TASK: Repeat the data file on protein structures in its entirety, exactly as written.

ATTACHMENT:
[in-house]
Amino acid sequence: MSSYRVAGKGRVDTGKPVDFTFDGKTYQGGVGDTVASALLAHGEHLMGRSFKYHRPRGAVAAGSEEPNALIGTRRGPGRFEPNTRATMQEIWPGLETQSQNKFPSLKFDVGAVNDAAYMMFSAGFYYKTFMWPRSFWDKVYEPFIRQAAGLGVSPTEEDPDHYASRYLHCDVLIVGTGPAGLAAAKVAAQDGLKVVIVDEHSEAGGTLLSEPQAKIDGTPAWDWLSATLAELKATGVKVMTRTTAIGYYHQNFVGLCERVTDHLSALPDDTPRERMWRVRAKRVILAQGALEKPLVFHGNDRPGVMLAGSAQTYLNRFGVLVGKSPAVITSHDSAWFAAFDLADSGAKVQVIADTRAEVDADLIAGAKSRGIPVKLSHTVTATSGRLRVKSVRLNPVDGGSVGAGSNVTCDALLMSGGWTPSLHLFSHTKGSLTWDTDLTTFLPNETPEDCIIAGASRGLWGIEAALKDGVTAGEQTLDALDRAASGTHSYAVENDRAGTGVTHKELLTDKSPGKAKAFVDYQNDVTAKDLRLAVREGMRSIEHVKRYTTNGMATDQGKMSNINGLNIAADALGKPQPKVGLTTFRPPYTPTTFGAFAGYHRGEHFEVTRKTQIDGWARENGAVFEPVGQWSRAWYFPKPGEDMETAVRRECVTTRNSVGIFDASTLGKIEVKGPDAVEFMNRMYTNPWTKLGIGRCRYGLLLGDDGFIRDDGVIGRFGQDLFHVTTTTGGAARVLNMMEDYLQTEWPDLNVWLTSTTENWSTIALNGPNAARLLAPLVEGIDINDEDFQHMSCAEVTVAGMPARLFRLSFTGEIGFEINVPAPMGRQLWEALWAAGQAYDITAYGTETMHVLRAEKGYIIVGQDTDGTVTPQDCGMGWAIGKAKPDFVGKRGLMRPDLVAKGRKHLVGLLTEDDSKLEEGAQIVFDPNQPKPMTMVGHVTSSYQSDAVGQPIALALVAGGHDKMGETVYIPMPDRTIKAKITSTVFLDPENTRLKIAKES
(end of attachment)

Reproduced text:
[in-house]
Amino acid sequence: MSSYRVAGKGRVDTGKPVDFTFDGKTYQGGVGDTVASALLAHGEHLMGRSFKYHRPRGAVAAGSEEPNALIGTRRGPGRFEPNTRATMQEIWPGLETQSQNKFPSLKFDVGAVNDAAYMMFSAGFYYKTFMWPRSFWDKVYEPFIRQAAGLGVSPTEEDPDHYASRYLHCDVLIVGTGPAGLAAAKVAAQDGLKVVIVDEHSEAGGTLLSEPQAKIDGTPAWDWLSATLAELKATGVKVMTRTTAIGYYHQNFVGLCERVTDHLSALPDDTPRERMWRVRAKRVILAQGALEKPLVFHGNDRPGVMLAGSAQTYLNRFGVLVGKSPAVITSHDSAWFAAFDLADSGAKVQVIADTRAEVDADLIAGAKSRGIPVKLSHTVTATSGRLRVKSVRLNPVDGGSVGAGSNVTCDALLMSGGWTPSLHLFSHTKGSLTWDTDLTTFLPNETPEDCIIAGASRGLWGIEAALKDGVTAGEQTLDALDRAASGTHSYAVENDRAGTGVTHKELLTDKSPGKAKAFVDYQNDVTAKDLRLAVREGMRSIEHVKRYTTNGMATDQGKMSNINGLNIAADALGKPQPKVGLTTFRPPYTPTTFGAFAGYHRGEHFEVTRKTQIDGWARENGAVFEPVGQWSRAWYFPKPGEDMETAVRRECVTTRNSVGIFDASTLGKIEVKGPDAVEFMNRMYTNPWTKLGIGRCRYGLLLGDDGFIRDDGVIGRFGQDLFHVTTTTGGAARVLNMMEDYLQTEWPDLNVWLTSTTENWSTIALNGPNAARLLAPLVEGIDINDEDFQHMSCAEVTVAGMPARLFRLSFTGEIGFEINVPAPMGRQLWEALWAAGQAYDITAYGTETMHVLRAEKGYIIVGQDTDGTVTPQDCGMGWAIGKAKPDFVGKRGLMRPDLVAKGRKHLVGLLTEDDSKLEEGAQIVFDPNQPKPMTMVGHVTSSYQSDAVGQPIALALVAGGHDKMGETVYIPMPDRTIKAKITSTVFLDPENTRLKIAKES